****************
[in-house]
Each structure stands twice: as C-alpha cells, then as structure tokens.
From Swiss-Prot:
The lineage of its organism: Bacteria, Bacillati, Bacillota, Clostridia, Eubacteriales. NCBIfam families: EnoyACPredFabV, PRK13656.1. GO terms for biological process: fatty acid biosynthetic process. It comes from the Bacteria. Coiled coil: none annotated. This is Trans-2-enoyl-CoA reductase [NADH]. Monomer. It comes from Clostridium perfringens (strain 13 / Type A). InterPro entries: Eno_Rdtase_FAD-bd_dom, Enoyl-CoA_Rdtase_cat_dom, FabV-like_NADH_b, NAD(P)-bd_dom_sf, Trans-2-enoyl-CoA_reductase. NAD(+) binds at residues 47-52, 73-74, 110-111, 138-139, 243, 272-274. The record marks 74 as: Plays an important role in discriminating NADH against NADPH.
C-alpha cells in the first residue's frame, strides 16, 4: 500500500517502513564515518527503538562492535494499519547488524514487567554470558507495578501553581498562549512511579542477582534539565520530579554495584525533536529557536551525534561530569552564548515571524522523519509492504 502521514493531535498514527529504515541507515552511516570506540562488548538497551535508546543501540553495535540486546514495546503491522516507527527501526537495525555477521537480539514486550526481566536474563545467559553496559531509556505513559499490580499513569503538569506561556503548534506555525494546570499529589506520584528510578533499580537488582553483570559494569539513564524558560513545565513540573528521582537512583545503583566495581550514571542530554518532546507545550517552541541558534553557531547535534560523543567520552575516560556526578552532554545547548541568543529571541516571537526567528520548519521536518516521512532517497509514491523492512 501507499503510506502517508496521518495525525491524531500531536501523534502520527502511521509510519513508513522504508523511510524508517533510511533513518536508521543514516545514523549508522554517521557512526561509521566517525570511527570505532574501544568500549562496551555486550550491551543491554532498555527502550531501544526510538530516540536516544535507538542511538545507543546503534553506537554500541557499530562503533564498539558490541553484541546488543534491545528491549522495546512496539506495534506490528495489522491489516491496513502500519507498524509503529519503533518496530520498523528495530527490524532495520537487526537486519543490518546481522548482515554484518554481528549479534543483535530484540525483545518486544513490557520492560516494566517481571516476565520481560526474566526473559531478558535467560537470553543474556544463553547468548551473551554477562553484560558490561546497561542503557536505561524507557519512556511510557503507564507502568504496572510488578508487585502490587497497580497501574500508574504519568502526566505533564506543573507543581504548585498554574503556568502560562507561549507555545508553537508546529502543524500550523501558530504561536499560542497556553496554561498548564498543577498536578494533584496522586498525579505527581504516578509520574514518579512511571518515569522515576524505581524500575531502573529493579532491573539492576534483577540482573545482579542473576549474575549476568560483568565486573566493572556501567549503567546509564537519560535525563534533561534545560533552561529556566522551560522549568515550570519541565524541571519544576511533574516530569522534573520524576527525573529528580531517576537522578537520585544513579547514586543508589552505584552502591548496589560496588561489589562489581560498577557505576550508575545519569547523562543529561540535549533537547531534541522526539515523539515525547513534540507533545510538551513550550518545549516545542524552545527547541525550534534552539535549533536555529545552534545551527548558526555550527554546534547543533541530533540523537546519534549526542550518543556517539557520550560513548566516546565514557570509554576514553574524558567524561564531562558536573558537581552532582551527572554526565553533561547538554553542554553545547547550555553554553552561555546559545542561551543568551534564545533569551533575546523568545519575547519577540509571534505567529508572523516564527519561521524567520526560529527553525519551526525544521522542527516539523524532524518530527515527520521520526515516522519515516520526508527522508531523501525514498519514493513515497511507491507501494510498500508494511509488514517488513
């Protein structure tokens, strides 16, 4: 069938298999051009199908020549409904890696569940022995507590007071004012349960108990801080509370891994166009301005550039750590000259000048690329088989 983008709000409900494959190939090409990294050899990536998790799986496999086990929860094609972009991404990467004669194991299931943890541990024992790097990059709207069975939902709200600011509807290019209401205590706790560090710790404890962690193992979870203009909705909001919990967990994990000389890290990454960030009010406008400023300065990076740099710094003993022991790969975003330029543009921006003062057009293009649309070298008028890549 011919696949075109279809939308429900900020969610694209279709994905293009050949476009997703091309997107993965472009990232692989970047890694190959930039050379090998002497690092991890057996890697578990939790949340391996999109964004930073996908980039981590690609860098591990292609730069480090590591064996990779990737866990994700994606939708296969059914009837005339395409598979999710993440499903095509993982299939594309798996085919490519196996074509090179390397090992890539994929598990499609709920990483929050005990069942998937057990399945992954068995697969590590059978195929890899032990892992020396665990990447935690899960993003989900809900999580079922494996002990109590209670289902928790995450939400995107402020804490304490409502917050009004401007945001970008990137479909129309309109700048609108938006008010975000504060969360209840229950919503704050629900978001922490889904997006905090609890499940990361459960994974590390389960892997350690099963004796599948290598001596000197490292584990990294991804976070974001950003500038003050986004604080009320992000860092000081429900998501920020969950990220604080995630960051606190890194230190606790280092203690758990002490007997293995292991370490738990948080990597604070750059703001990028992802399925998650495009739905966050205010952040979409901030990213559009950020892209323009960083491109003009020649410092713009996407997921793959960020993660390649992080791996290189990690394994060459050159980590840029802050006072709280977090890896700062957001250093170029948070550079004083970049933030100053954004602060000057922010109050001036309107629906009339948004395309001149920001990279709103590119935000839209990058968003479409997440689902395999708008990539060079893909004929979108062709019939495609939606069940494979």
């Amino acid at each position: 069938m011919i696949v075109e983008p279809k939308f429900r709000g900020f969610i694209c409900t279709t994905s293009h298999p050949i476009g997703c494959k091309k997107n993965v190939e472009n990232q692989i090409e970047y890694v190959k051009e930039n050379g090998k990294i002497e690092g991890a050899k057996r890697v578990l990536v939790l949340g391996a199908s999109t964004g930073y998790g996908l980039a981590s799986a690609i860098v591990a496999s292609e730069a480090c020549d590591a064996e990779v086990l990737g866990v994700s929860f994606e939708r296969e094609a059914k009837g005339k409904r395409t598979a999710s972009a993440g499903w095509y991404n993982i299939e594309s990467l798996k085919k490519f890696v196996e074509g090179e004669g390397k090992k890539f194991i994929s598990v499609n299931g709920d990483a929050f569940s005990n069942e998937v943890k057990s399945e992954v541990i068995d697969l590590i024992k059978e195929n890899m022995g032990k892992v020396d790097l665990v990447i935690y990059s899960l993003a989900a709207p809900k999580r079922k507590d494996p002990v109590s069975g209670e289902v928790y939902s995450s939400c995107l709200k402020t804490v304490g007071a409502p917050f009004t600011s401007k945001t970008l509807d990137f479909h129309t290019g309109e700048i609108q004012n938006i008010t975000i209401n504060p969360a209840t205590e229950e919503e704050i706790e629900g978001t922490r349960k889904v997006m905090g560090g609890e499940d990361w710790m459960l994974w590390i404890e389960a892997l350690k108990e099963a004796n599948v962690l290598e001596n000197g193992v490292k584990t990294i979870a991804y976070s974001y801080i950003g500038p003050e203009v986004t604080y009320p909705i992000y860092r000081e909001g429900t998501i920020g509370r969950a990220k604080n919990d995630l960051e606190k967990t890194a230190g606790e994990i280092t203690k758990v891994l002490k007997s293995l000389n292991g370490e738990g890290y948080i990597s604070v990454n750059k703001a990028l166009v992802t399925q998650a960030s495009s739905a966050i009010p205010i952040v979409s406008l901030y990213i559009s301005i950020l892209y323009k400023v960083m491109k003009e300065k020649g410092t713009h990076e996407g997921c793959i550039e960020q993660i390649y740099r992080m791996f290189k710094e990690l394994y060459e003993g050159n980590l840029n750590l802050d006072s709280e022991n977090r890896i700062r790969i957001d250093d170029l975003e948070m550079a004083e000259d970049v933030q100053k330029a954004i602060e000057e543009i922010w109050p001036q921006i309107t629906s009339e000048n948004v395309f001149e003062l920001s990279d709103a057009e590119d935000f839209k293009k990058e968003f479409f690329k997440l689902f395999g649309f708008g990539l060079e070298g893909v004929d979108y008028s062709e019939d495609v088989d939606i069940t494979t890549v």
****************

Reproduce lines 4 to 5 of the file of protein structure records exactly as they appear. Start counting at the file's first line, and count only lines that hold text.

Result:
The lineage of its organism: Bacteria, Bacillati, Bacillota, Clostridia, Eubacteriales. NCBIfam families: EnoyACPredFabV, PRK13656.1. GO terms for biological process: fatty acid biosynthetic process. It comes from the Bacteria. Coiled coil: none annotated. This is Trans-2-enoyl-CoA reductase [NADH]. Monomer. It comes from Clostridium perfringens (strain 13 / Type A). InterPro entries: Eno_Rdtase_FAD-bd_dom, Enoyl-CoA_Rdtase_cat_dom, FabV-like_NADH_b, NAD(P)-bd_dom_sf, Trans-2-enoyl-CoA_reductase. NAD(+) binds at residues 47-52, 73-74, 110-111, 138-139, 243, 272-274. The record marks 74 as: Plays an important role in discriminating NADH against NADPH.
C-alpha cells in the first residue's frame, strides 16, 4: 500500500517502513564515518527503538562492535494499519547488524514487567554470558507495578501553581498562549512511579542477582534539565520530579554495584525533536529557536551525534561530569552564548515571524522523519509492504 502521514493531535498514527529504515541507515552511516570506540562488548538497551535508546543501540553495535540486546514495546503491522516507527527501526537495525555477521537480539514486550526481566536474563545467559553496559531509556505513559499490580499513569503538569506561556503548534506555525494546570499529589506520584528510578533499580537488582553483570559494569539513564524558560513545565513540573528521582537512583545503583566495581550514571542530554518532546507545550517552541541558534553557531547535534560523543567520552575516560556526578552532554545547548541568543529571541516571537526567528520548519521536518516521512532517497509514491523492512 501507499503510506502517508496521518495525525491524531500531536501523534502520527502511521509510519513508513522504508523511510524508517533510511533513518536508521543514516545514523549508522554517521557512526561509521566517525570511527570505532574501544568500549562496551555486550550491551543491554532498555527502550531501544526510538530516540536516544535507538542511538545507543546503534553506537554500541557499530562503533564498539558490541553484541546488543534491545528491549522495546512496539506495534506490528495489522491489516491496513502500519507498524509503529519503533518496530520498523528495530527490524532495520537487526537486519543490518546481522548482515554484518554481528549479534543483535530484540525483545518486544513490557520492560516494566517481571516476565520481560526474566526473559531478558535467560537470553543474556544463553547468548551473551554477562553484560558490561546497561542503557536505561524507557519512556511510557503507564507502568504496572510488578508487585502490587497497580497501574500508574504519568502526566505533564506543573507543581504548585498554574503556568502560562507561549507555545508553537508546529502543524500550523501558530504561536499560542497556553496554561498548564498543577498536578494533584496522586498525579505527581504516578509520574514518579512511571518515569522515576524505581524500575531502573529493579532491573539492576534483577540482573545482579542473576549474575549476568560483568565486573566493572556501567549503567546509564537519560535525563534533561534545560533552561529556566522551560522549568515550570519541565524541571519544576511533574516530569522534573520524576527525573529528580531517576537522578537520585544513579547514586543508589552505584552502591548496589560496588561489589562489581560498577557505576550508575545519569547523562543529561540535549533537547531534541522526539515523539515525547513534540507533545510538551513550550518545549516545542524552545527547541525550534534552539535549533536555529545552534545551527548558526555550527554546534547543533541530533540523537546519534549526542550518543556517539557520550560513548566516546565514557570509554576514553574524558567524561564531562558536573558537581552532582551527572554526565553533561547538554553542554553545547547550555553554553552561555546559545542561551543568551534564545533569551533575546523568545519575547519577540509571534505567529508572523516564527519561521524567520526560529527553525519551526525544521522542527516539523524532524518530527515527520521520526515516522519515516520526508527522508531523501525514498519514493513515497511507491507501494510498500508494511509488514517488513